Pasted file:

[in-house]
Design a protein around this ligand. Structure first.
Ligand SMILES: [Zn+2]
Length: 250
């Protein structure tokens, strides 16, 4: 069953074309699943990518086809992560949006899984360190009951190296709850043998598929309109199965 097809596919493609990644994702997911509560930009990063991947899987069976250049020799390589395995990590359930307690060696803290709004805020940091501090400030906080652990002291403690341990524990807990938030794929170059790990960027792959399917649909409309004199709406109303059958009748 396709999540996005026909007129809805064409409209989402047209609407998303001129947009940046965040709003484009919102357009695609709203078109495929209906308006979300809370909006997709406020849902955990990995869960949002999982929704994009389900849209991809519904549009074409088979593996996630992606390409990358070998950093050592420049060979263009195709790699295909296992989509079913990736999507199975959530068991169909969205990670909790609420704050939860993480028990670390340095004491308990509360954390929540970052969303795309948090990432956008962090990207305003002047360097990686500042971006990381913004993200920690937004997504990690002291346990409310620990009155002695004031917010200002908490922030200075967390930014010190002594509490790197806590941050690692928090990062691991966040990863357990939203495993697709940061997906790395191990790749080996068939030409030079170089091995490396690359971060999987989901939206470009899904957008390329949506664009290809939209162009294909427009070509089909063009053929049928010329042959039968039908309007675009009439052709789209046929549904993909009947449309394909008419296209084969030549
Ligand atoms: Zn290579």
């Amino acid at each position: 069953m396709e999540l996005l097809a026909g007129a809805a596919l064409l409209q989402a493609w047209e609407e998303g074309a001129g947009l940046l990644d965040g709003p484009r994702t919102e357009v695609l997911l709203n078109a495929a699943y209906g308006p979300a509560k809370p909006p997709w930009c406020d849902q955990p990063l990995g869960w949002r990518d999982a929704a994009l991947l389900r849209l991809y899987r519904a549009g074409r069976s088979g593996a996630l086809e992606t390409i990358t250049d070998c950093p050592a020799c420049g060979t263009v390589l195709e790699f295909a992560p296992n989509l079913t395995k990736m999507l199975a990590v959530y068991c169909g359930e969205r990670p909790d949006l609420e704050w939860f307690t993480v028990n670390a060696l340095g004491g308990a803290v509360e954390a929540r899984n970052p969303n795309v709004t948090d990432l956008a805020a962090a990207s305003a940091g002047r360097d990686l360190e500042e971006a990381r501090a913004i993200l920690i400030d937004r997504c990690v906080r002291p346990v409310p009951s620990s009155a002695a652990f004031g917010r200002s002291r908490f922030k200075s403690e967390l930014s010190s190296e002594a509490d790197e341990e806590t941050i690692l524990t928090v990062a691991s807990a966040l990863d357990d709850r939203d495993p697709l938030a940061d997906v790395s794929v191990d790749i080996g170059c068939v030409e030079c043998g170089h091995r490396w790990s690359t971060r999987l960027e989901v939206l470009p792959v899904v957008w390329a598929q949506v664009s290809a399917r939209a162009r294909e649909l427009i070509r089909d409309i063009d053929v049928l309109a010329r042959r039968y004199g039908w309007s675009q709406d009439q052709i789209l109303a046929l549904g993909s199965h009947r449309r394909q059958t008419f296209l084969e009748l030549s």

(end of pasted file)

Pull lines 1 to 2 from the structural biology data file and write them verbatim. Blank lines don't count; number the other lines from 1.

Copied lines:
[in-house]
Design a protein around this ligand. Structure first.